Medal of Honor: Airborne

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Medal of Honor: Airborne

Dear Mom and Dad,

I signed on with the 82nd Airborne because it promised that its new approach to fighting the war would be the best way to serve my country in this terrible crisis. It’s been a tough three years over here in Europe, but the Airborne has proved that it can take the good fight for freedom to new heights. Over the last six operations in my tour, I’ve really done my part to stop Jerry!

Before I jumped out of a C-47 for the first time over Italy, I had some serious doubts about being a paratrooper. I had heard the horror stories from the battlefield—this seemingly never-ending war has worn down many good soldiers who are now just sick of the constant stress of battle. Thankfully, from the moment I jumped out of that plane, I was engaged in one of the most intense adventures of my life. Dropping onto a rooftop in the village of Adanti, I was overzealous and botched my first landing. Luckily, none of the Italian Blackshirts saw me, and I quickly took out several enemy defensive positions.

After meeting up with some fellow paratroopers, we stormed the mayor’s residence from the rear to seize control of the building and demolish some antiaircraft guns. I then led the way to other objectives, facing stiff resistance from Ratzi soldiers along the way. Even though I chose this sequence of attack, I had the freedom to carry out my directives in any order. It’s also reassuring to know that if I am ever taken out of commission in battle, another eager soldier will be ready to parachute down and take my place to continue the fight.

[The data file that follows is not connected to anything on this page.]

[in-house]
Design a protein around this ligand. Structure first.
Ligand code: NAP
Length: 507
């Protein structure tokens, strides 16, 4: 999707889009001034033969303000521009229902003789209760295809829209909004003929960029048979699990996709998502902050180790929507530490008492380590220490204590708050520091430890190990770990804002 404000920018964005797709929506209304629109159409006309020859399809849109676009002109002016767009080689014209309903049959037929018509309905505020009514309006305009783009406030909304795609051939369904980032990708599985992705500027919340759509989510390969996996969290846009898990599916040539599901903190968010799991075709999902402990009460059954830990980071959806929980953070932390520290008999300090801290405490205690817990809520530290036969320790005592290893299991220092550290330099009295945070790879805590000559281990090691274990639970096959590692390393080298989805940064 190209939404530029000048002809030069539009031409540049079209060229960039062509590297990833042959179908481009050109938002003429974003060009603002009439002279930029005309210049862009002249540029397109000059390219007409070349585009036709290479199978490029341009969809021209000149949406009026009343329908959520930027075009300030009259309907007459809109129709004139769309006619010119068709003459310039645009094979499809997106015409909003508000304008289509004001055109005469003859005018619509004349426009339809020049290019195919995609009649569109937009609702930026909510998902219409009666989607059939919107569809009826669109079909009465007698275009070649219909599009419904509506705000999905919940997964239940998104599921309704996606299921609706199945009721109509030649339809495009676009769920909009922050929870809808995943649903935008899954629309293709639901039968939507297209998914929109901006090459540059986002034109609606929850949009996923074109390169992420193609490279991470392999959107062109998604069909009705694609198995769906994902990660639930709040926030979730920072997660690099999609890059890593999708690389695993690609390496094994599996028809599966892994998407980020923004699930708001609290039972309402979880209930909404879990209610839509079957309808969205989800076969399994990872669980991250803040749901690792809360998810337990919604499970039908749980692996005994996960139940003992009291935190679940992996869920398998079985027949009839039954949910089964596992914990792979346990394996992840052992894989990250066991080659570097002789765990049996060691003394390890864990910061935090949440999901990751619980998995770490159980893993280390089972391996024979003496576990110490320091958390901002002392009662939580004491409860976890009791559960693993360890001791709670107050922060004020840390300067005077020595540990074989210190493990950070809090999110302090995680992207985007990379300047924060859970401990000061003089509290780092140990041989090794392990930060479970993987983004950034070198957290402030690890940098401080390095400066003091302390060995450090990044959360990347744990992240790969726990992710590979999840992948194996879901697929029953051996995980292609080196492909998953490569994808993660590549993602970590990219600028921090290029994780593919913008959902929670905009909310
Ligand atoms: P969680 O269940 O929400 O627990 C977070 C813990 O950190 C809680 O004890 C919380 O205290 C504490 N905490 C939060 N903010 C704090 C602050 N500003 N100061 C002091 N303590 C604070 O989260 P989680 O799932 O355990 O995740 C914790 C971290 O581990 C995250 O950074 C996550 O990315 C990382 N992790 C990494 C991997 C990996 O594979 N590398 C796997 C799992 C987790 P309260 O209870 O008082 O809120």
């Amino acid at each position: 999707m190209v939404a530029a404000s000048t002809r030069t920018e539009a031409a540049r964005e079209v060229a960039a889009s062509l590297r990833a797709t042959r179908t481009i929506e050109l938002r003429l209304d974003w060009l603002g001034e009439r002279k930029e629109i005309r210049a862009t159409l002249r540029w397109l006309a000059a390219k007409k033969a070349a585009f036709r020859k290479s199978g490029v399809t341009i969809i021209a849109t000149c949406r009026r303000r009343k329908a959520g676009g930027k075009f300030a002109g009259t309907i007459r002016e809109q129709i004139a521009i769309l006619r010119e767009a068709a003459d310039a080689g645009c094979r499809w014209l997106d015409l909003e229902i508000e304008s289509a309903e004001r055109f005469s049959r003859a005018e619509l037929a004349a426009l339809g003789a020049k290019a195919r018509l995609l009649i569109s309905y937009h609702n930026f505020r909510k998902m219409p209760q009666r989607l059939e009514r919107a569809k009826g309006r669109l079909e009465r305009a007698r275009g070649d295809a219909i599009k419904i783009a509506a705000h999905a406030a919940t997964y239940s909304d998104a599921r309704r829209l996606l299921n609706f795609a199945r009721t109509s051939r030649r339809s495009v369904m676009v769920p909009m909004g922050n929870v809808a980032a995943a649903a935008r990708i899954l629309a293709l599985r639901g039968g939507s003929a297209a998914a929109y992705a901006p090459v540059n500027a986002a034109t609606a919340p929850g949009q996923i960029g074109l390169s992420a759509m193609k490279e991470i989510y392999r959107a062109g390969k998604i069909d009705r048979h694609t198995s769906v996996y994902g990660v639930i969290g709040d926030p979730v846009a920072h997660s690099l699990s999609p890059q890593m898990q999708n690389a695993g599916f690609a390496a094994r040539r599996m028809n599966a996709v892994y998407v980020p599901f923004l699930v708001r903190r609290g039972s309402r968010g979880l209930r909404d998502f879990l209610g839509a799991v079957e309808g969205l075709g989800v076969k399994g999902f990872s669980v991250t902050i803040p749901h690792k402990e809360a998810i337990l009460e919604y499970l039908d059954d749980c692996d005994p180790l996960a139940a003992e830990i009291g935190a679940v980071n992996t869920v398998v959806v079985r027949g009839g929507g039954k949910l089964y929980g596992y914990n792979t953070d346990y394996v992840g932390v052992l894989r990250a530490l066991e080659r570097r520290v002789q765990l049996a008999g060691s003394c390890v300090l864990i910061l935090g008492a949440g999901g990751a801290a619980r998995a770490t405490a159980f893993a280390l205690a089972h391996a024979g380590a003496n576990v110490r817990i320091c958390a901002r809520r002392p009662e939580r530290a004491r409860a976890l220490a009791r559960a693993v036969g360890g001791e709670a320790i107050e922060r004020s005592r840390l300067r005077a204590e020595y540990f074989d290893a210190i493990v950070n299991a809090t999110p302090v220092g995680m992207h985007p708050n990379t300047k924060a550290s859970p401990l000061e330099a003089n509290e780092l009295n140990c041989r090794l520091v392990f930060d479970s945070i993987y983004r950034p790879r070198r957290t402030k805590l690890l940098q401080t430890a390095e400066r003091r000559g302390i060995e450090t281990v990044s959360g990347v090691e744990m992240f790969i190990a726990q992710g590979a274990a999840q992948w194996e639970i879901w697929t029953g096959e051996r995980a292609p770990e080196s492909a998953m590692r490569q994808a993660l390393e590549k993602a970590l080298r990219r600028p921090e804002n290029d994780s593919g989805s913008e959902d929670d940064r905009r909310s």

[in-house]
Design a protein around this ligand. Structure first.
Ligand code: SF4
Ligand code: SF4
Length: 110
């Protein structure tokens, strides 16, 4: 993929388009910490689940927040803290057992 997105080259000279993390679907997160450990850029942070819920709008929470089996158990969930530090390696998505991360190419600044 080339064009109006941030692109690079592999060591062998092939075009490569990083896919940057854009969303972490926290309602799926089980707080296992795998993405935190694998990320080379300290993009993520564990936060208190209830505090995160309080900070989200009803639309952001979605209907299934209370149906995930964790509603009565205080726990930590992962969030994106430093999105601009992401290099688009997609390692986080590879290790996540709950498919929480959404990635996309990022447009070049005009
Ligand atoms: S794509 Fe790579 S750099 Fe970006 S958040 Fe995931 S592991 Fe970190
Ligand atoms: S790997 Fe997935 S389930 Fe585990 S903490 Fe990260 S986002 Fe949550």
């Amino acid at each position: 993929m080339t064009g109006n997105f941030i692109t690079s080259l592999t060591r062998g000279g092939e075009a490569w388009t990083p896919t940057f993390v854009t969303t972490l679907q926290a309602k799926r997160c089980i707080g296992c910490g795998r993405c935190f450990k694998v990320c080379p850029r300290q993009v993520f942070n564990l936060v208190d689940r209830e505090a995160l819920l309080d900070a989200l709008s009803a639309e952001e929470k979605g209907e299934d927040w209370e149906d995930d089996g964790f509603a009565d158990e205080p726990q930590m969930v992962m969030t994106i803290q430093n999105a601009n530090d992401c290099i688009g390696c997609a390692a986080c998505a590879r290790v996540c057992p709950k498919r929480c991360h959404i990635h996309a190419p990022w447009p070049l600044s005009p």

Some of the more difficult skirmishes came in later missions, such as Operation Neptune. By then, we had moved up through Italy to France, where we supported the invasion of Normandy with an inland assault. The Nazis we faced were smarter here, working together to flank our sides and falling back to new cover positions whenever we pushed too close. They’d jump through windows and blind-fire over sandbags to counter our attack, often with such fluidity and gritty determination that I couldn’t help but admire their resolve. That isn’t to say all the foot soldiers we fought were well trained. Looks like Hitler recruited some numbskulls as well—idiots who would repeatedly run to stationary MG42 machine guns while I sniped them from afar.

I also want to let you know that the military has recognized our efforts, rewarding us with a steady flow of weapon upgrades. My trusty Thompson submachine gun is now outfitted with three improvements, decreased recoil, a larger magazine drum, and a pistol grip for increased accuracy. Earning these improvements through proficient use of my weapons felt gratifying, and the extra boost definitely helped when I was sent to assault a monstrous flak tower. We lost a lot of men in this brutal mission, many of whom died at the hands of the MG42-wielding Nazi elites.

But now that my tour of duty is complete, I feel I could’ve done more. My six missions were challenging, but they flew by. Of course, I can always practice airdrops with other members of the Airborne in simulated war games, but the 12-person participant limit is a little disappointing. I know this is a terrible thing to say, but sometimes, I wish the war wasn’t over. Being a part of the Airborne has brought an exciting new dimension to combat, making me often wish I was back on the front lines.

Your loving son,

Boyd Travers

Greased Landing

Parachuting into battles grants more freedom and adds verticality to combat.

Botched Landing

The six missions are over too quickly, and the AI is inconsistent.

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